And I think that is a really nice way to look at the shortest day of the year, which at the time of this recording, is just around the corner. It’s a season where we naturally should not overextend ourselves. Where it is natural to look within and reflect. A lot of the other mammals hibernate! Some humans do in their own way. Only the marketers have turned the holidays into a time where we are supposed to be “on” all the time.
What would it be like to own just one suit that you really loved? One pair of perfect jeans? Pursue just one hobby? One lipstick? Decide on one type of exercise to stay fit? Pick one practice area and become the best in your region at it?
In summary, we’ve all heard of decision fatigue. That’s part of it, but there’s more. When we don’t build our constraint “muscle,” our ability to triage, make cuts, say no and eliminate excess, even if that excess is a thing we think we will miss, we dull the blade of our creative output. We then suffer from overwhelm, and tell ourselves that we “can’t decide,” that we “don’t know,” that we are “so busy,” and it is “too much.” Of course it does seem that way. Our constraint muscle is weakened from under-use.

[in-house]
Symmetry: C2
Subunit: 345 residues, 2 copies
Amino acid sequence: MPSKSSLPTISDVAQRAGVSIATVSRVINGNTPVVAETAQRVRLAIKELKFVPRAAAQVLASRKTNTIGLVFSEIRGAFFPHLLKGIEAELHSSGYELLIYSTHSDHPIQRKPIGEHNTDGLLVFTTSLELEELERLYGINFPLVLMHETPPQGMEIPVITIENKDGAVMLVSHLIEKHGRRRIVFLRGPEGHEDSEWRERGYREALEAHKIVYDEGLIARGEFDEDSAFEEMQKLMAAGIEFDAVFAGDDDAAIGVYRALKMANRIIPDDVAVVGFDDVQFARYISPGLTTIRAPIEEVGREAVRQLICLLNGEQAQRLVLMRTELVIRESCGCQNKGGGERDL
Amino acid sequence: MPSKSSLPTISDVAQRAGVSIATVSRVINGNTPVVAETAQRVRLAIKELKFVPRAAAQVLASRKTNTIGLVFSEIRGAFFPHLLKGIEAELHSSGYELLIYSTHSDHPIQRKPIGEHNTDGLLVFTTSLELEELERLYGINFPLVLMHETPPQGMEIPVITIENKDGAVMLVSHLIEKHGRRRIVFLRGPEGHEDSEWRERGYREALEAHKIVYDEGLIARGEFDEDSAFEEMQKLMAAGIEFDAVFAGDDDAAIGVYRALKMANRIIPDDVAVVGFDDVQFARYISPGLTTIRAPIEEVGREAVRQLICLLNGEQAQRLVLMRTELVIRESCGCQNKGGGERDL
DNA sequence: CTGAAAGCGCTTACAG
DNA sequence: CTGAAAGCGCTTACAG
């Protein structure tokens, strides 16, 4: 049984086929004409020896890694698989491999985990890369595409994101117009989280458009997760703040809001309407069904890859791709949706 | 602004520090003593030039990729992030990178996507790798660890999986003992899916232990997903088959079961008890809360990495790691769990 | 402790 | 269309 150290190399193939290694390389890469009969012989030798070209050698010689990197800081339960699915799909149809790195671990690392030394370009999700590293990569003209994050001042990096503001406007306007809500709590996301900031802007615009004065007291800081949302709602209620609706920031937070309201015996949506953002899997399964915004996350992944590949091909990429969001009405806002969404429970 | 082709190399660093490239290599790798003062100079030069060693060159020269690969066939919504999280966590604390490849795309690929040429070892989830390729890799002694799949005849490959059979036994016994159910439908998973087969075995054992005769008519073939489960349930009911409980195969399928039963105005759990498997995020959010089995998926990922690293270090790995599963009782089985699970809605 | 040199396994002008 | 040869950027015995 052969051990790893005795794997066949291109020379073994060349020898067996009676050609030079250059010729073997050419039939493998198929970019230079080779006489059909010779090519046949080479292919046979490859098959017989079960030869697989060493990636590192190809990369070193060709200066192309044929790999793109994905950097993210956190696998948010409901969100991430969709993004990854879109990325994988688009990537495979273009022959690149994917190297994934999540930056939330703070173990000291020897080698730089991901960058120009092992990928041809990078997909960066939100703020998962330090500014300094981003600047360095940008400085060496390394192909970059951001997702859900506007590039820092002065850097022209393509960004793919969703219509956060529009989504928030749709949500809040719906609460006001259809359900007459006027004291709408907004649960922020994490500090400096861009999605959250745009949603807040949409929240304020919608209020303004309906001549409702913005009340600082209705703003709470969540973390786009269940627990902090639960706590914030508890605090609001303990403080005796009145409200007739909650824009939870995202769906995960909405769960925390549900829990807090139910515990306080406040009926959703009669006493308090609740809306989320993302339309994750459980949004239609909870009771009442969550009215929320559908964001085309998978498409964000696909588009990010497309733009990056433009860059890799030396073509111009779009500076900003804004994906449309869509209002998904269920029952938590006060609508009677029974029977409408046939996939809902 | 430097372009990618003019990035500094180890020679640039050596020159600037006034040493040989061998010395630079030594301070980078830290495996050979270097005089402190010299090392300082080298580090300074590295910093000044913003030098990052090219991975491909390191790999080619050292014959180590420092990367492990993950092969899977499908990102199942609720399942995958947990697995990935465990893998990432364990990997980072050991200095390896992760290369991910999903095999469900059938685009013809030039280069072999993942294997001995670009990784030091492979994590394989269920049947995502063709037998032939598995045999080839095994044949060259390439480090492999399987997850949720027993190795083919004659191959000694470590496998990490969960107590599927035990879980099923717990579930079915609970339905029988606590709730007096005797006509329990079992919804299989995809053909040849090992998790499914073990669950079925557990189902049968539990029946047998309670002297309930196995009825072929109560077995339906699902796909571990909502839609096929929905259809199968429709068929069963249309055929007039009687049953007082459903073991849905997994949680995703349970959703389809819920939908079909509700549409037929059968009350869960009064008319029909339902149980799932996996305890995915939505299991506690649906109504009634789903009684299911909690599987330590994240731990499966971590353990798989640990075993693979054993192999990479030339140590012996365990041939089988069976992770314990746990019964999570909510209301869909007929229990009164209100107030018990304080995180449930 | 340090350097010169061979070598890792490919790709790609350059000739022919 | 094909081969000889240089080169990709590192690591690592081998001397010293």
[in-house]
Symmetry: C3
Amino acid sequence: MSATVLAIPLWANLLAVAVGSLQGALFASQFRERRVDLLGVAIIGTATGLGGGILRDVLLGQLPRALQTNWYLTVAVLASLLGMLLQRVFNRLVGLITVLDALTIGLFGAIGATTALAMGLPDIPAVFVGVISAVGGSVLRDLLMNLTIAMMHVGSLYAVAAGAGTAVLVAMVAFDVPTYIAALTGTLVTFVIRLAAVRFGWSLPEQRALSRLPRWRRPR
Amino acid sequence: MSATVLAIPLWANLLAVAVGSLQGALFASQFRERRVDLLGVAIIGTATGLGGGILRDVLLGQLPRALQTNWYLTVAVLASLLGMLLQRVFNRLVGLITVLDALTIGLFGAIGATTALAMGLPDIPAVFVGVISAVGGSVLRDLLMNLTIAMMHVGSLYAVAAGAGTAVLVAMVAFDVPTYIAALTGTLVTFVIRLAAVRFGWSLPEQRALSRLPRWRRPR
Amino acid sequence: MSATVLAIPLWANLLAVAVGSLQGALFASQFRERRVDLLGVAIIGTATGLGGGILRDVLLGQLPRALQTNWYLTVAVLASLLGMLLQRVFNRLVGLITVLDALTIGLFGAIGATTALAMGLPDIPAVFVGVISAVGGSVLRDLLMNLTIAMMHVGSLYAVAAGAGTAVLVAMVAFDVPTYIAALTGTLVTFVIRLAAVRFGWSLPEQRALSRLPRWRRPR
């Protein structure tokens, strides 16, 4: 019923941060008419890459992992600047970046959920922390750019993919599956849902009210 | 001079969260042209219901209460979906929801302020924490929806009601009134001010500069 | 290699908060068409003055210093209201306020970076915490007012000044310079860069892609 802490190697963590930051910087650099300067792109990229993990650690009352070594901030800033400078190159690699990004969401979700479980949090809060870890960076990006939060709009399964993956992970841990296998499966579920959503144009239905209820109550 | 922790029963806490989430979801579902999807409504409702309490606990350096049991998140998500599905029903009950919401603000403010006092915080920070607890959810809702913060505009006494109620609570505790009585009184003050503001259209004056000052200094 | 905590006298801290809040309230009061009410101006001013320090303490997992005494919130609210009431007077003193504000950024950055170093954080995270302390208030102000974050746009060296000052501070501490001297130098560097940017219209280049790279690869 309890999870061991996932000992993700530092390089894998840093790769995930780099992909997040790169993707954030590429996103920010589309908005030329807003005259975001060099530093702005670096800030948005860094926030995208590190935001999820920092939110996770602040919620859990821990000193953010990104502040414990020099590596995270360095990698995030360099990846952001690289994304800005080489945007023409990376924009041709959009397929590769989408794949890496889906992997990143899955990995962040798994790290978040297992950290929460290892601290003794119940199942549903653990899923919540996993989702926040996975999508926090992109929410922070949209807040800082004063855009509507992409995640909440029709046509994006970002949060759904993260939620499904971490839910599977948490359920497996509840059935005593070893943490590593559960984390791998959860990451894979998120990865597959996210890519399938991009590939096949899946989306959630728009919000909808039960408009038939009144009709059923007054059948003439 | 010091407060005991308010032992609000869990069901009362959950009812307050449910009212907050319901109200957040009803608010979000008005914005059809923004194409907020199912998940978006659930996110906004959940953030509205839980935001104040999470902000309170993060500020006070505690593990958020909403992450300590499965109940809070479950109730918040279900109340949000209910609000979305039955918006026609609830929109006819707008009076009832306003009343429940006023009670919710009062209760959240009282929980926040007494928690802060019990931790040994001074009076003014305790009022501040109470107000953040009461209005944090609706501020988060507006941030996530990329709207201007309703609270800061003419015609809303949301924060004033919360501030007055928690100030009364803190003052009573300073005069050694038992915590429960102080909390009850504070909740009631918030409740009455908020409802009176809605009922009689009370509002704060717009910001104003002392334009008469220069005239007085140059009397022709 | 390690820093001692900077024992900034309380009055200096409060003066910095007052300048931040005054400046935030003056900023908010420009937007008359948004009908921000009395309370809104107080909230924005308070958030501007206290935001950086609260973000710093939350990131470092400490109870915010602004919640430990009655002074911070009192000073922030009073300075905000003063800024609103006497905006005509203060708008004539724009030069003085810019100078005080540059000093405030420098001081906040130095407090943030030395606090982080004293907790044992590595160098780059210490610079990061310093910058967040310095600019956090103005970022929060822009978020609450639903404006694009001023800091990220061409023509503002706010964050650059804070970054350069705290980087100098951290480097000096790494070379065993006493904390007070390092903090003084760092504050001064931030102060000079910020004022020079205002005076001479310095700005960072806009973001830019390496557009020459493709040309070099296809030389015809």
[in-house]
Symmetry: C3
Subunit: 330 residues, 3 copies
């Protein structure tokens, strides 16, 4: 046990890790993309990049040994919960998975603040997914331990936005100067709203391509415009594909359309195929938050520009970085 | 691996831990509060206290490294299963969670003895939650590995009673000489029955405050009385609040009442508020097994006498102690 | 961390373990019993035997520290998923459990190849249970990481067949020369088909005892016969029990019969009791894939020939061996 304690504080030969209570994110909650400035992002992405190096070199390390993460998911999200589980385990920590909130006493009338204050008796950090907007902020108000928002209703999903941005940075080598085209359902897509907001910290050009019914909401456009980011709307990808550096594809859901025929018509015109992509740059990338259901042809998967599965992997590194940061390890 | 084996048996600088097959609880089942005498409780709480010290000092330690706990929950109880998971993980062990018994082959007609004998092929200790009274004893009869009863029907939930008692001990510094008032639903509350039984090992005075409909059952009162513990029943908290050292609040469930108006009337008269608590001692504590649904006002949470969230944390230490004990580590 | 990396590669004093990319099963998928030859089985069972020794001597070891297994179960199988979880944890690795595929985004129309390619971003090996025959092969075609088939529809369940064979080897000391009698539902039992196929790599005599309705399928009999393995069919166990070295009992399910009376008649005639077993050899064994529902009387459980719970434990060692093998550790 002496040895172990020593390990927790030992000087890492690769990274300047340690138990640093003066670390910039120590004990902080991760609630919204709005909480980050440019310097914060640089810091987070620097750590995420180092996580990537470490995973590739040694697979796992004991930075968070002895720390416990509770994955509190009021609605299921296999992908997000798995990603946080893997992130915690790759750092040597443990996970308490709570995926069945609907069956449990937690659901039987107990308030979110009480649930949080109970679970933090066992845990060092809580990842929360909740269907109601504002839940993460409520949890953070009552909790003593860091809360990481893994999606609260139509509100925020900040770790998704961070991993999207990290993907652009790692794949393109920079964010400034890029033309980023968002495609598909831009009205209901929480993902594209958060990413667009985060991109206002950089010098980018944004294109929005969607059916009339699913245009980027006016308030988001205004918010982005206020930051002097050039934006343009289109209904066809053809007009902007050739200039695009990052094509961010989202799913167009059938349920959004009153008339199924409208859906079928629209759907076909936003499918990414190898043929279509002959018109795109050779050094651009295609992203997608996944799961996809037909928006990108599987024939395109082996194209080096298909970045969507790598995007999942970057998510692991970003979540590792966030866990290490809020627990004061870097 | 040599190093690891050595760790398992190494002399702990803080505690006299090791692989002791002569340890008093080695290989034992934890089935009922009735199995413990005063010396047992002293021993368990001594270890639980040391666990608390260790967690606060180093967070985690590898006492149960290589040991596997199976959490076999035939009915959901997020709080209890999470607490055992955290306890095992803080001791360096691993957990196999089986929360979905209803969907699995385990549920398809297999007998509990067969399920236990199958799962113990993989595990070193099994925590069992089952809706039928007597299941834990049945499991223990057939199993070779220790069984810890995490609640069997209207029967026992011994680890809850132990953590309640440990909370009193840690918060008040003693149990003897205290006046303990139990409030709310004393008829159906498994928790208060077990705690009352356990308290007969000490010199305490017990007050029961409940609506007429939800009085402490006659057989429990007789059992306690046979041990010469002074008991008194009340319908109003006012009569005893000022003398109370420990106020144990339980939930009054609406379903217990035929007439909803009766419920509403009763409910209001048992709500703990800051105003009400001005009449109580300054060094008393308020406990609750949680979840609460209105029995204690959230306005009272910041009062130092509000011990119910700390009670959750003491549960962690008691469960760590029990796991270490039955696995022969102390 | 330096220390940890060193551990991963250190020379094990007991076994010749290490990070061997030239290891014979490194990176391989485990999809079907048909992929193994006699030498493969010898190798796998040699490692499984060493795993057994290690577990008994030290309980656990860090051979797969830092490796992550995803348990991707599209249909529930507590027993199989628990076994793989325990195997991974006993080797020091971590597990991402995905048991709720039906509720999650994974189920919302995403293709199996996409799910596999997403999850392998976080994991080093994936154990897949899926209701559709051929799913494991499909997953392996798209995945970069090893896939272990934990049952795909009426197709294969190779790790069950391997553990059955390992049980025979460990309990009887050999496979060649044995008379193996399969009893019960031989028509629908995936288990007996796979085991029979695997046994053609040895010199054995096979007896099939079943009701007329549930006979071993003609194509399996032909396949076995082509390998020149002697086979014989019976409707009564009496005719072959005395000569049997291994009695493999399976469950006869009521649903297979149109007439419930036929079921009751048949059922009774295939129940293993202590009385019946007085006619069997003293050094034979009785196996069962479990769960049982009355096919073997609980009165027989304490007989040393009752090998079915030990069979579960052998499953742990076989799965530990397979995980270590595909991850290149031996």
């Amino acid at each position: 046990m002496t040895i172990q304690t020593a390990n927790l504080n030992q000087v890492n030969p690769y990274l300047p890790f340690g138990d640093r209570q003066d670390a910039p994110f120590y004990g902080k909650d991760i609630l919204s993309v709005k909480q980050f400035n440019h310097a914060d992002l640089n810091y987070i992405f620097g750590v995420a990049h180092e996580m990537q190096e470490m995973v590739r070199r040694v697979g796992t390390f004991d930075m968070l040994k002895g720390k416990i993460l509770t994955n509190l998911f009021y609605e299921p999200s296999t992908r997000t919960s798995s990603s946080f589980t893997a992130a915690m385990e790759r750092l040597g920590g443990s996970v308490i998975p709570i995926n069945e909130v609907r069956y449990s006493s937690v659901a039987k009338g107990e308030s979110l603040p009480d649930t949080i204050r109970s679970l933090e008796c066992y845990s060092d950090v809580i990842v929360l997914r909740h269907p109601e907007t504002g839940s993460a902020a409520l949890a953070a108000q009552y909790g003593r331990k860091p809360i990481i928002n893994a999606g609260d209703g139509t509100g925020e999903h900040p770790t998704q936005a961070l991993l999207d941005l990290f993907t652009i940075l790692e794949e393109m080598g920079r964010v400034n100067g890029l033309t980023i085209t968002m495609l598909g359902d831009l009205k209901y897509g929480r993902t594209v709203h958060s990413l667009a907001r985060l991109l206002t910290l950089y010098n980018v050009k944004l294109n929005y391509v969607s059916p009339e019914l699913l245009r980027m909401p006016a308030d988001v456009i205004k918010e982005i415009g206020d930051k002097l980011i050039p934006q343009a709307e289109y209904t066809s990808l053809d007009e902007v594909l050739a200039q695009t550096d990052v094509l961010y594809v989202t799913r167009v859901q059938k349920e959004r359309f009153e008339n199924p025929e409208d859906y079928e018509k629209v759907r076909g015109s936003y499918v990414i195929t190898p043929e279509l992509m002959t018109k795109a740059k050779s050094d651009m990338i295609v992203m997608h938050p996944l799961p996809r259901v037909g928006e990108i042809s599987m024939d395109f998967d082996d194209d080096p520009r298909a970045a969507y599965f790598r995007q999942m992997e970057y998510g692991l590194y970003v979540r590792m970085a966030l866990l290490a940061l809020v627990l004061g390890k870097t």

So. I give you permission to say no during this holiday season.
You can break the cycle of overwhelm, catstrophizing, over-committing, indecision and maximizing. Being a “maximizer” or having any of the problems described above is not a fixed aspect of your personality. You can become decisive and a satisficer, even if you’ve had decades of bad habits and learned/trained helplessness/overwhelm.